I had heard all the horror stories of “interrogation” conducted at Israel’s airport for arriving/departing non-nationals. How they can separate travelling companions for questioning to see if your answers matched up, before granting visas. To say that I was nervous was an understatement. Especially as we were travelling as a family (Husband, < 2 year old toddler and myself) from Brussels.

So not only would we need to survive the 4.5-hour flight, but we would also have to brave the gauntlet of passport control, customs and luggage collection with stroller and toddler in tow.

Thank goodness I found the fantastic private tour company Superb Private Tours who can tailor make packages based on your needs and budget. They took the pain out of travelling in Israel by expediting our whole arrival and airport experience, as well as providing other services like transportation (airport/hotel transfers), private tours, hotel recommendations, etc.

As an example, Superb Private Tours has three different packages under “Airport VIP Meet and Greet” starting with passport control assistance to full on “sit back and relax in the lounge while we do everything” assistance. We took the middle-of-the-road option at $120usd for two adults and a toddler one way. It was worth EVERY cent, especially on departure when we probably saved at least an hour bypassing security queues!

We were whisked to our hotel in Jerusalem, where we settled into the modern Mamilla Hotel. With close proximity to Jaffa Gate, one of the entrances to the Old City – it makes it a perfect location from which to explore and soak up all the history on offer. Excellent customer service, from physically escorting us to our room, explaining every detail, demonstrating how the bathroom glass wall could be turned opaque at the click of a button and even checked whether we preferred a baby crib or if they should make up the sofa-bed in the room for our daughter (we opted for the first option).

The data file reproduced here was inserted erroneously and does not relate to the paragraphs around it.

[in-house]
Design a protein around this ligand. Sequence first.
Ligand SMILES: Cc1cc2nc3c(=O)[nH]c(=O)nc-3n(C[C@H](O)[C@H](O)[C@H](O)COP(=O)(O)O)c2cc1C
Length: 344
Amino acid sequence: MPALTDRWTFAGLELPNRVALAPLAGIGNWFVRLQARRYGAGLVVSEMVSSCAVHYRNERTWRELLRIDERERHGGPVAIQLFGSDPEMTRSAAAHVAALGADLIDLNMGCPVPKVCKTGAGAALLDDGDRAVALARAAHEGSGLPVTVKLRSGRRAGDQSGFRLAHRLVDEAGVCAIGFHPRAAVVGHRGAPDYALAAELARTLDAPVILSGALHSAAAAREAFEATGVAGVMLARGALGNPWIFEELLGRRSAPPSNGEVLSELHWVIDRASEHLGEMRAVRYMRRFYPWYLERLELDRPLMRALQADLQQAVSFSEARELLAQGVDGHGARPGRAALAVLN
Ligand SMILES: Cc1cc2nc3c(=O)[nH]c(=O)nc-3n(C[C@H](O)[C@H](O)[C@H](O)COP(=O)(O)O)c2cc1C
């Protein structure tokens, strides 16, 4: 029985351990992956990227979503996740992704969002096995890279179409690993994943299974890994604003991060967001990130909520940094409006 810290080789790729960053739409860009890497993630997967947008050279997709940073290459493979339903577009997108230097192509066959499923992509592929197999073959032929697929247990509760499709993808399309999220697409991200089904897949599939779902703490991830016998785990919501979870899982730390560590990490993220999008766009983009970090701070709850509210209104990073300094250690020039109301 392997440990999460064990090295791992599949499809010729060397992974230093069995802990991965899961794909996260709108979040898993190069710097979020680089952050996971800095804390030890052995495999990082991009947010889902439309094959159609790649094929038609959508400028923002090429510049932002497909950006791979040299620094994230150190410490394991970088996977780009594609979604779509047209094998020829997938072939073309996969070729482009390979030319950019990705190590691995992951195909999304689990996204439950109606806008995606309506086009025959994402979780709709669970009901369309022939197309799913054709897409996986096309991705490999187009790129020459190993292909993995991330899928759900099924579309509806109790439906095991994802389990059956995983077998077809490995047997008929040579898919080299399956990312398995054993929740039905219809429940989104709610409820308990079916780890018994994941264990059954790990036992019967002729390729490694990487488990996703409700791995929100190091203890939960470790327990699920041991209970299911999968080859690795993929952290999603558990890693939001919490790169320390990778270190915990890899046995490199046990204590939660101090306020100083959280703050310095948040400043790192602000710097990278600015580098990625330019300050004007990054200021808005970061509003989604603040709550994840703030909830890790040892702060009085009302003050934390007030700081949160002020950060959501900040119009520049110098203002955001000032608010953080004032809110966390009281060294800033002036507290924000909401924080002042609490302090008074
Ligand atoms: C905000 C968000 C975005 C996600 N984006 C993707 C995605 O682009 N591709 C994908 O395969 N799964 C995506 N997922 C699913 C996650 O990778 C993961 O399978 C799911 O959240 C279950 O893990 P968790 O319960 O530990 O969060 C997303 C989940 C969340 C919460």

Mamila Hotel Rooftop Restaurant in Jerusalem Israel

Rooms range from Studio to Executive to a range of different Suite types, with prices starting around $350usd per night per room. A full and extensive Israeli breakfast is included in the rate, along with complimentary bottled water (replenished daily) and excellent L’Occitane en Provence Bathroom products in your hotel room. Another big plus for us was that there is an indoor swimming pool in the basement which also had a toddler splash pool! Meaning that after a hot (and sweaty) day of exploring, we could cool down and enjoy a somewhat peaceful moment in  this space – especially since we seemed to be the only guests making use of it in the afternoon.

Food wise, they have two great restaurants on site as well as numerous bar options. We managed an early dinner on the Rooftop restaurant, where they happily supplied a high chair for our daughter and staff stopped to engage with her while we had a delicious meal overlooking the old City. Although, they do note that you can only occupy the table for two hours, we managed a very happy evening while watching the sun set over the city and returned to our room full and content.

Walking around the Old City of Jerusalem with a small one is no easy task! We attempted to use the stroller on the first day so that she could be restrained and that we could navigate the area quickly. But it soon became clear that the narrow streets and numerous steps were not stroller friendly and we eventually resorted to one person carrying her while the other carried the stroller in its folded format. Thankfully neither were too heavy!

Monastery of Flagellation in Jerusalem, Israel

From Jaffa Gate to the Western Wall, along the Via Dolorsa through the Arab market and finally to the Church of the Holy Sepulchre, you can feel the centuries of history that Israel holds with each and every step.

Not once did I feel unsafe or uncomfortable, even though you do see armed military on certain corners. People were friendly and English was widely spoken. In order to enter certain religious areas, I recommend wearing long pants for men and a skirt for women (as well as a shawl/light weight jersey for women to cover their arms)– but other than that, we travelled the same way that we normally do!

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